The Government is to establish a National Environmental Standard for wastewater and stormwater discharges which could cost local government nearly $5 billion over the next ten years.

Councils are already planning to spend another $4 billion on providing additional freshwater for drinking.

That total expenditure on the so-called “three waters”  — almost $10 billion — is only slightly more than the government’s annual capital budget out to 2022.

It will impact on rates, but it may do so disproportionately.

In a Cabinet paper, released last night, Local Government Minister Nanaia Mahuta says the challenge the Government faces is that “some of our smaller councils and communities, and many non-council drinking water suppliers (including marae) are not well-positioned to respond to the proposed reforms. “

“Many communities (including places visited by high numbers o tourists) are already struggling to pay or three waters infrastructure and services.

“Drinking water suppliers that are being brought into the regulatory system for the first time may face similar difficulties.”

But the paper warns that the costs might rise.

“There are also gaps in the research, which mean there are likely to be additional costs.

“There is a lack of information on the condition of council drinking water, wastewater and stormwater pipes, and how much investment is needed to repair or replace ageing infrastructure.


“We need to consider how to ensure all communities can experience the benefits of the reform proposals, and receive safe, reliable, culturally-acceptable three waters services, in an affordable way.

“This may include thinking differently about how these services are paid or.

“I am exploring options of sharing costs across communities, or a nationwide fund, and will provide further advice on these matters at the end of this year. “

Inevitably some smaller councils will have to join other councils to form bodies like Auckland’s Watercare to manage their three waters.

The Cabinet paper admits this is difficult under existing legislation.

“I have directed my officials to investigate what is involved in addressing the barriers to voluntary reform that regions have highlighted in their discussions,” said Mahuta in the paper.

The Government, in its media presentations last night, was emphasising the impact the changes would have on countering incidents such as the Havelock North water poisoning of 2016 where 5,000 people got sick from their drinking water, but drinking water is only half the proposal and is expected to cost.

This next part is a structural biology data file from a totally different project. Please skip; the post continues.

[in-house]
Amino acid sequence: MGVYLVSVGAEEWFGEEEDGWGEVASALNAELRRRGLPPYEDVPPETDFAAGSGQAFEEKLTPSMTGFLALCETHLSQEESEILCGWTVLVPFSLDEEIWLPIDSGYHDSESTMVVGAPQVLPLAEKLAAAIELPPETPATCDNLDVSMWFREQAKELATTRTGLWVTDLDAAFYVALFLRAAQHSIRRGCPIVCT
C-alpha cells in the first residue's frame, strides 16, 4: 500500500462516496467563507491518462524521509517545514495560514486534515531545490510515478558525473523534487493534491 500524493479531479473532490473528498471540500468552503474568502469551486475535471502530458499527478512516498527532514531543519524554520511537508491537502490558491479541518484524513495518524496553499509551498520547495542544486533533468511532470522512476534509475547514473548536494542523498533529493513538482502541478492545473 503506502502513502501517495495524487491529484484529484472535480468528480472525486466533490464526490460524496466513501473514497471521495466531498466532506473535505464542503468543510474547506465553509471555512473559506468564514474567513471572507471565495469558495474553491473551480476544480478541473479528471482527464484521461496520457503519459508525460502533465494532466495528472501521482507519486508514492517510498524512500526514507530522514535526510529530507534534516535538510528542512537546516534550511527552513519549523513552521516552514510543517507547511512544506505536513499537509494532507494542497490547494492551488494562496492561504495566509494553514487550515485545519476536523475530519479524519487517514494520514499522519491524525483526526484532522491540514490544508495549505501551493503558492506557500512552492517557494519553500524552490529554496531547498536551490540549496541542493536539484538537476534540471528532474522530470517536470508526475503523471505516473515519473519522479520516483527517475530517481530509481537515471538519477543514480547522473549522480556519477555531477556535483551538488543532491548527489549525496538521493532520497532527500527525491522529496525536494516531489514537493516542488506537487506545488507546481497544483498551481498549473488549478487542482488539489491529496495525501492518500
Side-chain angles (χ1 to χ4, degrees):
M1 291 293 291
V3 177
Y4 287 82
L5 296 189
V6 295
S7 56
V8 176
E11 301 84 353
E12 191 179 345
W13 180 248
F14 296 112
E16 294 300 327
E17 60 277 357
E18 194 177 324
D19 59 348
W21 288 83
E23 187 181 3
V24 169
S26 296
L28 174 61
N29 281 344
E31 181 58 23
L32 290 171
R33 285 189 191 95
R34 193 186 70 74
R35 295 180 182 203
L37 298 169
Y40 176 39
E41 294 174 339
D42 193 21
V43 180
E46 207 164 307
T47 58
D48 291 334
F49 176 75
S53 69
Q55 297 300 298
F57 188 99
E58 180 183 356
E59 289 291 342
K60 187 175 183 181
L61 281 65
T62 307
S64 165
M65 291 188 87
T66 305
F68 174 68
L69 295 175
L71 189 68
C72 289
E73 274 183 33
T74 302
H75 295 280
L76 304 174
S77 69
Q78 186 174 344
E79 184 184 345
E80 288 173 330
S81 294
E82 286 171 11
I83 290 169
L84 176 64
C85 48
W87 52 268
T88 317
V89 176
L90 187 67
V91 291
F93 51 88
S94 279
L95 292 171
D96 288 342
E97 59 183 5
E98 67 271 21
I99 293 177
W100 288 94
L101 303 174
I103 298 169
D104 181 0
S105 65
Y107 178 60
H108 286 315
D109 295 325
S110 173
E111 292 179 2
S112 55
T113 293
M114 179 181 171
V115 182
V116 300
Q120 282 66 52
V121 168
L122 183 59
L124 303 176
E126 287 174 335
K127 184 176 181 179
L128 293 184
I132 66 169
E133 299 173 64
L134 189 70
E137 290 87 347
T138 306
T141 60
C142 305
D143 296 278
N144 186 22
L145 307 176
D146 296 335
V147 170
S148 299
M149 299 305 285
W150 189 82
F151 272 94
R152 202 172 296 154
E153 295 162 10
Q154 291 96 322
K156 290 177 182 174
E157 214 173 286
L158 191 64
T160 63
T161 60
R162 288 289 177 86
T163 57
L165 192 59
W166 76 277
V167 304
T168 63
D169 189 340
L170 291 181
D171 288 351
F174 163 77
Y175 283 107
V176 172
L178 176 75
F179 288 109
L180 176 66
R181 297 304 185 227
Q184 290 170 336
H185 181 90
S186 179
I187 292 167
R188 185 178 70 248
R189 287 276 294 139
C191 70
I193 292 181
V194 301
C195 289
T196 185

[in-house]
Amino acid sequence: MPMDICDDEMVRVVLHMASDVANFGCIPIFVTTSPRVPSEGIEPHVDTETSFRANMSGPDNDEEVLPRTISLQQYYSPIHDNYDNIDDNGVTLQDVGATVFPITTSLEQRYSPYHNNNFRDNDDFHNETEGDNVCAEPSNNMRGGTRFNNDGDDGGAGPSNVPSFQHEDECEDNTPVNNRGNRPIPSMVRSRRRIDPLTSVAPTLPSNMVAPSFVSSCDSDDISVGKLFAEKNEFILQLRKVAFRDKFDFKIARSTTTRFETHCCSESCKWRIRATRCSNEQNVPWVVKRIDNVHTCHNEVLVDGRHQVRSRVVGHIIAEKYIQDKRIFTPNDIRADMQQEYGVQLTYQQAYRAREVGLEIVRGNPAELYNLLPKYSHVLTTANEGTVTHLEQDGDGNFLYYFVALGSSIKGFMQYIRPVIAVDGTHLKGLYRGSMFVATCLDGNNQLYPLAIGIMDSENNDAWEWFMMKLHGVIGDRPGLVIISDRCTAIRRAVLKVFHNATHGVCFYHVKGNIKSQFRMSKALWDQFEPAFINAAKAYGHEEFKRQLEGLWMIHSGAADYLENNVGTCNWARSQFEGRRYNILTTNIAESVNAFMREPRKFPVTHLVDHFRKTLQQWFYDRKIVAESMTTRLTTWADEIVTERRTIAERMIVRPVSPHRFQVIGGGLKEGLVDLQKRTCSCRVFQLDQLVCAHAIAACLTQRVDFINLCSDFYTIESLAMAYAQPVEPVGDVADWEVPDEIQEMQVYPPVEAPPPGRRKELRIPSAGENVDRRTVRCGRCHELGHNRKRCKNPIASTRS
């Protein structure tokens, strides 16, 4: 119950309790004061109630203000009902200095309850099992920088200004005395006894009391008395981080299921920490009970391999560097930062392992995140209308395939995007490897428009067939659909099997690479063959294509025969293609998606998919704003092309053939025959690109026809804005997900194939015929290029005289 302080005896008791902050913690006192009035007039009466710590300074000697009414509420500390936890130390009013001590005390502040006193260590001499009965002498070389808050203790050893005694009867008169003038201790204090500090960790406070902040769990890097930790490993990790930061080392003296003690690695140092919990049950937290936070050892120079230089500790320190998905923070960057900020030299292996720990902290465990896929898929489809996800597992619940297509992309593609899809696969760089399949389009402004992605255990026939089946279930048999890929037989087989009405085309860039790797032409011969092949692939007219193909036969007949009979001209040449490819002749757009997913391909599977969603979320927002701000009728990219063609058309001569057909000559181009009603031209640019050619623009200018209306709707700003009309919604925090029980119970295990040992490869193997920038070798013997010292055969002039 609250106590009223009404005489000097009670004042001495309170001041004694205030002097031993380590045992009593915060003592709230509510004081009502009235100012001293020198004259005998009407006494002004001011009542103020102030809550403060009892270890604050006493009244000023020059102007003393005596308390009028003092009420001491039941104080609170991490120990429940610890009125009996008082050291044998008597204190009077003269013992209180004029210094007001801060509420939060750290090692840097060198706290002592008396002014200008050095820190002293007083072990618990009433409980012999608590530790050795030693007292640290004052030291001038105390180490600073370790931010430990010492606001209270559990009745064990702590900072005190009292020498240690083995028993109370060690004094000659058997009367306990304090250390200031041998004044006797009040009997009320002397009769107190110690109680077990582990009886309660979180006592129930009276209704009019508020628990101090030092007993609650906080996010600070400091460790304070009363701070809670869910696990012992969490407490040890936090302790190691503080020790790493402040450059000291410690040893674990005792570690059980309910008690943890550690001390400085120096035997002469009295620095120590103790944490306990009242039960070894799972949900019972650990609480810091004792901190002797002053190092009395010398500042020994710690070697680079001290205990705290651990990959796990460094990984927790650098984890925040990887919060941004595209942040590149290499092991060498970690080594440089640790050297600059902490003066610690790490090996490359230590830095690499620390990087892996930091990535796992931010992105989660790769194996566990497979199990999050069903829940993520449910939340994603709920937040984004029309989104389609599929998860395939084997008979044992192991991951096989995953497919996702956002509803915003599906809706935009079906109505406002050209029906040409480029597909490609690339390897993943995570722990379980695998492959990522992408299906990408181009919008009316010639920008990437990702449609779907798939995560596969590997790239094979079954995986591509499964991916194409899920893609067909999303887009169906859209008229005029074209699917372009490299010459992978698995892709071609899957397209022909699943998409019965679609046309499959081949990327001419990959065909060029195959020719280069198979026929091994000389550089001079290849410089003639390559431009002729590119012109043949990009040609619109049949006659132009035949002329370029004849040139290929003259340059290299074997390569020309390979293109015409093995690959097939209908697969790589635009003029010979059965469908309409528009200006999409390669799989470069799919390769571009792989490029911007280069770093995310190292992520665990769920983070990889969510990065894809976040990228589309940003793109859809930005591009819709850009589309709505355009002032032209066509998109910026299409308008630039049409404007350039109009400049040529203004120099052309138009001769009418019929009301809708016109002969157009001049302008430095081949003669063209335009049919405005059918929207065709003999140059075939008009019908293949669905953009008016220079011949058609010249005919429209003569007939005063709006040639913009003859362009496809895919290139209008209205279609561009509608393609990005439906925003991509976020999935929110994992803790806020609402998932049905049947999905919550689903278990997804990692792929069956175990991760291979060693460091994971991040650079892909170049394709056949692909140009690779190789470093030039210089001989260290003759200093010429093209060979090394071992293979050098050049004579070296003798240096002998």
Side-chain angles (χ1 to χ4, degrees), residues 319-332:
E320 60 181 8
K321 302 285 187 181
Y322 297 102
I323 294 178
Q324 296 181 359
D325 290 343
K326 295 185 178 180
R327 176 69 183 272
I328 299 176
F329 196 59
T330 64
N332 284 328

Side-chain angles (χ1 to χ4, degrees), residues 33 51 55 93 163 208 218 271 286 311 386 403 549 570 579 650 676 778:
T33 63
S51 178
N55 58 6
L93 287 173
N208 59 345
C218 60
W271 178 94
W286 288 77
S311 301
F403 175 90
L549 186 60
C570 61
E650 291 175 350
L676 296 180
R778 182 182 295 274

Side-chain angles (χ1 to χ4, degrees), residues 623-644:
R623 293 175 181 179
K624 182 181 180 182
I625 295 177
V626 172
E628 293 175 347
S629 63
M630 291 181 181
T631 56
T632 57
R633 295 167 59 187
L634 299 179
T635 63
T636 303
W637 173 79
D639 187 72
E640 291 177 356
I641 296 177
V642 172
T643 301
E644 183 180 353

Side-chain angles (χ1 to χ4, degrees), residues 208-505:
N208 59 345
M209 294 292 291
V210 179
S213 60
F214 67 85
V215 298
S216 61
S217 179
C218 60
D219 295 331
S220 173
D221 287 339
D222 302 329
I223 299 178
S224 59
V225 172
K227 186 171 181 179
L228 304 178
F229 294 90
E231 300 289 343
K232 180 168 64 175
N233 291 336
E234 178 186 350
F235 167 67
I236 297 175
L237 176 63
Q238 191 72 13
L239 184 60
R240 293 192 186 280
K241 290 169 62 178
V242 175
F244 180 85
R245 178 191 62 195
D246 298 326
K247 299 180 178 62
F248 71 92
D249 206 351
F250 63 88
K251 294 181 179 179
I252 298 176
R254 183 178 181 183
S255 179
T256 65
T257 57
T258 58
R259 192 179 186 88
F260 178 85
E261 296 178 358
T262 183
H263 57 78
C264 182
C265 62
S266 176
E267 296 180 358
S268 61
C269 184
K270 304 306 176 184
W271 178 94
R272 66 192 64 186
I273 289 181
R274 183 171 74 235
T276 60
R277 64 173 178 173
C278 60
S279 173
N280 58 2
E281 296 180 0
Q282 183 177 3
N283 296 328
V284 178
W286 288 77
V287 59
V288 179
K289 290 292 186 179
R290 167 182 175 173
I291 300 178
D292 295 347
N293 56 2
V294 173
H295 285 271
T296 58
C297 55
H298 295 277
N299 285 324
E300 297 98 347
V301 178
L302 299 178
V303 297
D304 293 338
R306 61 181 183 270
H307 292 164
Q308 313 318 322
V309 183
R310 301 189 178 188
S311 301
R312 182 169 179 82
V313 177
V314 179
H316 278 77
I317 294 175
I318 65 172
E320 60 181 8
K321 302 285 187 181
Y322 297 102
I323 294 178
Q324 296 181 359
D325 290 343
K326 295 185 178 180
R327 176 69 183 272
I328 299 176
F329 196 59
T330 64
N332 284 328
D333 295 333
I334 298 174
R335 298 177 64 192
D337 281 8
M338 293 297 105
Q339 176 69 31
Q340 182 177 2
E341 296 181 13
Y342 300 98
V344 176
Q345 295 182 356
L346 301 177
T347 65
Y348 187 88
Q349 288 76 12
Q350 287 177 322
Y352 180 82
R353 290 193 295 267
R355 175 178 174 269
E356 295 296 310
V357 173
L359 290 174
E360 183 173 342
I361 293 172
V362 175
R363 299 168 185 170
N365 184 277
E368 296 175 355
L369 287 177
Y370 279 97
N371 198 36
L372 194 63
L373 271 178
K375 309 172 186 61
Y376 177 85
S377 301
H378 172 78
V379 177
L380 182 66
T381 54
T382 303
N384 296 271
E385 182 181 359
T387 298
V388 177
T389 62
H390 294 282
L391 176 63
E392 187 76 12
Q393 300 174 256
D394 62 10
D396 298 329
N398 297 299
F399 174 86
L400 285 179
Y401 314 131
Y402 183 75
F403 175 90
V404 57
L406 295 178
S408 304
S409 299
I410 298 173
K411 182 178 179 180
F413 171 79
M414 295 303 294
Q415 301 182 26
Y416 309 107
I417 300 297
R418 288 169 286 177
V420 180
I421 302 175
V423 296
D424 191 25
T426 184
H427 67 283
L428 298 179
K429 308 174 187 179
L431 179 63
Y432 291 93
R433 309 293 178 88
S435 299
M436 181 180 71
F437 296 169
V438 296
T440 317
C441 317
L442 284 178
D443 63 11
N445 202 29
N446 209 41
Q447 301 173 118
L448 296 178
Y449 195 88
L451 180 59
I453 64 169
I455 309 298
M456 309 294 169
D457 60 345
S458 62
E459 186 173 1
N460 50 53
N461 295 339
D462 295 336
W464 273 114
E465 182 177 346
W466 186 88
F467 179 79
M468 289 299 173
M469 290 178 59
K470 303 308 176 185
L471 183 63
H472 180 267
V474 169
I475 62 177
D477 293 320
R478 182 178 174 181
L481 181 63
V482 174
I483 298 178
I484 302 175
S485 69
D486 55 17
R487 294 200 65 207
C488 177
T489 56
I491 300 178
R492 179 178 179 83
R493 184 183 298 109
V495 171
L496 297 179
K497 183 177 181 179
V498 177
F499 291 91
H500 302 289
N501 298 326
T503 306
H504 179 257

However, the additional capital cost to clean up drinking water up to the new standard is only between $309 million and $574 million, with an additional annual operating cost of $11 million to $21 million.

These costs, if spread across the New Zealand population, would be around $36 per household, per year.

Infrastructure NZ CEP< Stephen Selwood, said last night that the cost issue was amplified when wastewater and stormwater provision were considered.

“Tentative estimates exceed $4 billion to bring wastewater alone up to new standards – that’s nearly $1000 per person across New Zealand,” he said.

“Additional operating costs of $100-$200 million per annum will add $117 to household water bills nationwide.

“Again, this number sounds manageable for some, but under current arrangements, smaller communities will face much higher charges.

“Further costs associated with climate change are also emerging.

“Local Government New Zealand commissioned research finds that a 0.5-metre sea level will necessitate the replacement of $1.4 billion of three waters infrastructure.

“At 1 metre, the number rises to $2.6 billion.

“It is not at all clear that councils will be able to meet basic expectations for safe drinking water, a cleaner environment and manage the effects of climate change.

“Nor is it clear that regional councils will be able to enforce higher environmental standards.

“ Regional authorities have to date struggled to ensure water discharges into the environment are of an acceptable quality.”

Selwood says tools like volumetric pricing and “better management of capital” (which would suggest private sector involvement) may be needed to cope with the bill.

“Under current settings, the Government can expect sustained calls from local leaders for more central funding,” he said.

“But with ownership comes responsibility. If councils want to own and operate networks, they cannot be relying on national taxpayers to subsidise service provision.

“That’s not what ownership means.  

“Regulation is a positive step forward but needs to be supported by a plan to lift the capability, capacity and funding needed to improve drinking, waste and stormwater management across New Zealand”.

Much of this debate will take place after the local body elections — but candidates standing for Councils who make big spending promises might find themselves having to make an awkward backtrack when they start to implement the Environmental Standard.